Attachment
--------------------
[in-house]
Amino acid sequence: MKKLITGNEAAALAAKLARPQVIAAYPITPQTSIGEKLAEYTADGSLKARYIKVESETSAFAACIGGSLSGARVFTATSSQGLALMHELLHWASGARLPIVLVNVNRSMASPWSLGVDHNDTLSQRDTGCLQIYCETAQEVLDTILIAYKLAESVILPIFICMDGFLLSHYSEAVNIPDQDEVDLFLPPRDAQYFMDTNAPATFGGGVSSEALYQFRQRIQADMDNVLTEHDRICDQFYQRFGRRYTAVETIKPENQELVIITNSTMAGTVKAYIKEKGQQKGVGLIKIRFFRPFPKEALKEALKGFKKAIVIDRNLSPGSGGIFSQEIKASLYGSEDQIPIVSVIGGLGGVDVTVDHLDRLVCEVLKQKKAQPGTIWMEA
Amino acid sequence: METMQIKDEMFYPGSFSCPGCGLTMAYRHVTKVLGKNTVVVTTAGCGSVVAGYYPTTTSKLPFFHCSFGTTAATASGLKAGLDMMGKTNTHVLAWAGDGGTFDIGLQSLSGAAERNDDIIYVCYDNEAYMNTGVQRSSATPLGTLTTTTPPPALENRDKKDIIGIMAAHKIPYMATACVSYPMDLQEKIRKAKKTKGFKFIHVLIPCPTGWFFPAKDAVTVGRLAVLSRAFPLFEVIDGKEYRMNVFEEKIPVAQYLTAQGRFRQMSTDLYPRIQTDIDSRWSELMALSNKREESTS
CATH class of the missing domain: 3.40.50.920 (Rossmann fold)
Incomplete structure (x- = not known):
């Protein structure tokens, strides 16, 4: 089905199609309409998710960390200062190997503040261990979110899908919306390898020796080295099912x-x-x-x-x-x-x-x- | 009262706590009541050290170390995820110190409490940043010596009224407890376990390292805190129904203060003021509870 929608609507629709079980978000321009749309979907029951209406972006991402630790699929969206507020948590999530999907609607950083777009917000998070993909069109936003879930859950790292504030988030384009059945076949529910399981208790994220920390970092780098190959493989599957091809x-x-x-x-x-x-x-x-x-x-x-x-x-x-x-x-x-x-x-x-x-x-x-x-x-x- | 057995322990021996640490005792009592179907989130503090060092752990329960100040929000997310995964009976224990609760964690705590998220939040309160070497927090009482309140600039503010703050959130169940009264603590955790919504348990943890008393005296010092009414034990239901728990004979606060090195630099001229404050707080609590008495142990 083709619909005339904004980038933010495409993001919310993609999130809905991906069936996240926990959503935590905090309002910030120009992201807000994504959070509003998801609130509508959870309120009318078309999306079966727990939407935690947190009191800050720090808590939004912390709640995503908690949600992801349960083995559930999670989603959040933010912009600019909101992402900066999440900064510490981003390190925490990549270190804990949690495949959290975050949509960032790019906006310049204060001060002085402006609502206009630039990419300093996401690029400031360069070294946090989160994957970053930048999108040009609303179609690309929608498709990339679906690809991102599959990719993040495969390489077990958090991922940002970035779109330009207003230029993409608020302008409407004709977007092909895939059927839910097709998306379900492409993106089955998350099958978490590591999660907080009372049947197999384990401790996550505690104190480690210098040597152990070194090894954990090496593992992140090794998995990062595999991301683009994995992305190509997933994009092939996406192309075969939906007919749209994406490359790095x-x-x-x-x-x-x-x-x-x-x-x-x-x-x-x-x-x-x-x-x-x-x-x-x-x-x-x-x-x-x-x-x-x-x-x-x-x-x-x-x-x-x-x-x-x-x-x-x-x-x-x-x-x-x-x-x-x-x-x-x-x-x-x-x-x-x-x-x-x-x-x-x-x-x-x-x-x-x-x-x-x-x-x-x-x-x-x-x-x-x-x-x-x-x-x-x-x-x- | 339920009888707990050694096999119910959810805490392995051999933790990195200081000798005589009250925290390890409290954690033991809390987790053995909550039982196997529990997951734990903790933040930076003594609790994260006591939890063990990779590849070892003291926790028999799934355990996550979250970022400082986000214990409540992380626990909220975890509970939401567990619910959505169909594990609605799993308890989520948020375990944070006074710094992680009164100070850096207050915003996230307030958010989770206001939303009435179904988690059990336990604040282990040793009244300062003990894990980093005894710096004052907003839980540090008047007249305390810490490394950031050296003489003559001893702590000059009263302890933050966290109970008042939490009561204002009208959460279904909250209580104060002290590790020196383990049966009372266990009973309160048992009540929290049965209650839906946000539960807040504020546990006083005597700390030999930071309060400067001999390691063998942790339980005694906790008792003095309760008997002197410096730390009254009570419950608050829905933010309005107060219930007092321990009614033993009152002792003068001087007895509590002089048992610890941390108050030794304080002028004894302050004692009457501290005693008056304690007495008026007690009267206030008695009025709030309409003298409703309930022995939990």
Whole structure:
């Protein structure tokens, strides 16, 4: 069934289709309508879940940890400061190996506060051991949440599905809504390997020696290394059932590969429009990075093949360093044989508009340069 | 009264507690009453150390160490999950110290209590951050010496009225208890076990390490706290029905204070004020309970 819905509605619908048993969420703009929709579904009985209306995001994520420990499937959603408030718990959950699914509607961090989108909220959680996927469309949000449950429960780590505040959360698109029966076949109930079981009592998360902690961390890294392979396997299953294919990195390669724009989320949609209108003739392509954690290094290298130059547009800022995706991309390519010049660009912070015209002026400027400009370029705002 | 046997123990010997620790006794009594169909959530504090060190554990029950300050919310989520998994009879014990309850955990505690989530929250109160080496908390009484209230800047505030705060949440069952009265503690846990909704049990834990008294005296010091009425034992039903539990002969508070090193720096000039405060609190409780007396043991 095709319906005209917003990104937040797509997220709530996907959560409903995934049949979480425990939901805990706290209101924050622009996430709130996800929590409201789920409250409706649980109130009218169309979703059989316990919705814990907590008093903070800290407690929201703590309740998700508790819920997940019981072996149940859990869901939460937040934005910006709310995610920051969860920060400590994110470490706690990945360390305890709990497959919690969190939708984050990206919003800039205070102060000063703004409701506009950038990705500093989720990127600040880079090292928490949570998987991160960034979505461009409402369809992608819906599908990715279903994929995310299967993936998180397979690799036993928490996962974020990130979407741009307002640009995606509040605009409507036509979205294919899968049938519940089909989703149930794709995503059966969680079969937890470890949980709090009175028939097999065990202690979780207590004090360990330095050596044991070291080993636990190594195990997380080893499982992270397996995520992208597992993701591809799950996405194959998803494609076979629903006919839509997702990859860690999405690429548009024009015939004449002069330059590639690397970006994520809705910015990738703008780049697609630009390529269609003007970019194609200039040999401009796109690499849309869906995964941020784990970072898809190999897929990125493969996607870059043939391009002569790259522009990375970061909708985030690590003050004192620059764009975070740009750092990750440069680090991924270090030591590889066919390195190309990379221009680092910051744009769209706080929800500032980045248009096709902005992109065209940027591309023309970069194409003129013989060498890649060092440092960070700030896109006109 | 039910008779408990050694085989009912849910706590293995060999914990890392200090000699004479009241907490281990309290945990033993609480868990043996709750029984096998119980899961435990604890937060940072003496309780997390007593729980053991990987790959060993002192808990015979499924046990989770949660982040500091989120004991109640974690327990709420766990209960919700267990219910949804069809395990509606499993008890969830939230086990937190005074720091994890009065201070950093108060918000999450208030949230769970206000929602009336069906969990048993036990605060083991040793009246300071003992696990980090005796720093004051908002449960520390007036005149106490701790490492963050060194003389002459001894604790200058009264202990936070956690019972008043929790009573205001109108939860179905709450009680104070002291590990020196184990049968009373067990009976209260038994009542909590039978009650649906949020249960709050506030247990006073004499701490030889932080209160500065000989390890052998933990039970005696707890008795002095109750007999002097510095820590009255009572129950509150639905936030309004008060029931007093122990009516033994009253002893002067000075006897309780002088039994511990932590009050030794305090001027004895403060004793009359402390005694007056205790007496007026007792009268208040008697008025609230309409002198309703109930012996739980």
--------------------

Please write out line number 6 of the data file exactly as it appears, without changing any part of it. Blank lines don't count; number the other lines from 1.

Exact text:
């Protein structure tokens, strides 16, 4: 089905199609309409998710960390200062190997503040261990979110899908919306390898020796080295099912x-x-x-x-x-x-x-x- | 009262706590009541050290170390995820110190409490940043010596009224407890376990390292805190129904203060003021509870 929608609507629709079980978000321009749309979907029951209406972006991402630790699929969206507020948590999530999907609607950083777009917000998070993909069109936003879930859950790292504030988030384009059945076949529910399981208790994220920390970092780098190959493989599957091809x-x-x-x-x-x-x-x-x-x-x-x-x-x-x-x-x-x-x-x-x-x-x-x-x-x- | 057995322990021996640490005792009592179907989130503090060092752990329960100040929000997310995964009976224990609760964690705590998220939040309160070497927090009482309140600039503010703050959130169940009264603590955790919504348990943890008393005296010092009414034990239901728990004979606060090195630099001229404050707080609590008495142990 083709619909005339904004980038933010495409993001919310993609999130809905991906069936996240926990959503935590905090309002910030120009992201807000994504959070509003998801609130509508959870309120009318078309999306079966727990939407935690947190009191800050720090808590939004912390709640995503908690949600992801349960083995559930999670989603959040933010912009600019909101992402900066999440900064510490981003390190925490990549270190804990949690495949959290975050949509960032790019906006310049204060001060002085402006609502206009630039990419300093996401690029400031360069070294946090989160994957970053930048999108040009609303179609690309929608498709990339679906690809991102599959990719993040495969390489077990958090991922940002970035779109330009207003230029993409608020302008409407004709977007092909895939059927839910097709998306379900492409993106089955998350099958978490590591999660907080009372049947197999384990401790996550505690104190480690210098040597152990070194090894954990090496593992992140090794998995990062595999991301683009994995992305190509997933994009092939996406192309075969939906007919749209994406490359790095x-x-x-x-x-x-x-x-x-x-x-x-x-x-x-x-x-x-x-x-x-x-x-x-x-x-x-x-x-x-x-x-x-x-x-x-x-x-x-x-x-x-x-x-x-x-x-x-x-x-x-x-x-x-x-x-x-x-x-x-x-x-x-x-x-x-x-x-x-x-x-x-x-x-x-x-x-x-x-x-x-x-x-x-x-x-x-x-x-x-x-x-x-x-x-x-x-x-x- | 339920009888707990050694096999119910959810805490392995051999933790990195200081000798005589009250925290390890409290954690033991809390987790053995909550039982196997529990997951734990903790933040930076003594609790994260006591939890063990990779590849070892003291926790028999799934355990996550979250970022400082986000214990409540992380626990909220975890509970939401567990619910959505169909594990609605799993308890989520948020375990944070006074710094992680009164100070850096207050915003996230307030958010989770206001939303009435179904988690059990336990604040282990040793009244300062003990894990980093005894710096004052907003839980540090008047007249305390810490490394950031050296003489003559001893702590000059009263302890933050966290109970008042939490009561204002009208959460279904909250209580104060002290590790020196383990049966009372266990009973309160048992009540929290049965209650839906946000539960807040504020546990006083005597700390030999930071309060400067001999390691063998942790339980005694906790008792003095309760008997002197410096730390009254009570419950608050829905933010309005107060219930007092321990009614033993009152002792003068001087007895509590002089048992610890941390108050030794304080002028004894302050004692009457501290005693008056304690007495008026007690009267206030008695009025709030309409003298409703309930022995939990």